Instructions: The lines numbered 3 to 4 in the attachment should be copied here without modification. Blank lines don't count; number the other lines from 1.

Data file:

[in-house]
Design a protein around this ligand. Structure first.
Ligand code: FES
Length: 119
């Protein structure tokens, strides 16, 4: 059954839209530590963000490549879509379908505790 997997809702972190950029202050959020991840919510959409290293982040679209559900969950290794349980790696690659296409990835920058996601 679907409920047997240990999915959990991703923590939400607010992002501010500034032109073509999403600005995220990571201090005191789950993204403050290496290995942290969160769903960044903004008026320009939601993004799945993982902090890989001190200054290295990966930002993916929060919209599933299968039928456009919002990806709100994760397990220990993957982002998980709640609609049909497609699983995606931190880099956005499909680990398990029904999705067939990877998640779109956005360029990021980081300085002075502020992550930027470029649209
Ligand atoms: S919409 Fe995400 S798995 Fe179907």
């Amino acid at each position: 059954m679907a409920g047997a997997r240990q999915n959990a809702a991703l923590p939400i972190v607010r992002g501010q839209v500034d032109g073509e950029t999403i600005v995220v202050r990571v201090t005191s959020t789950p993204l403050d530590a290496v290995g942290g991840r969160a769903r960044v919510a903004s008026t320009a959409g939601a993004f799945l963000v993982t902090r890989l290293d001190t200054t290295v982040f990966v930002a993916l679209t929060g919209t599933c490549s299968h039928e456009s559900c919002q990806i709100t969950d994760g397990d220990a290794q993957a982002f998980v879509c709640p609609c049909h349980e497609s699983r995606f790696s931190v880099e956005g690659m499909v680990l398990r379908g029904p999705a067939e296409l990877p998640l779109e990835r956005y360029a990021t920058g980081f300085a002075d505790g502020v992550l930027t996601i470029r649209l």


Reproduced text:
Ligand code: FES
Length: 119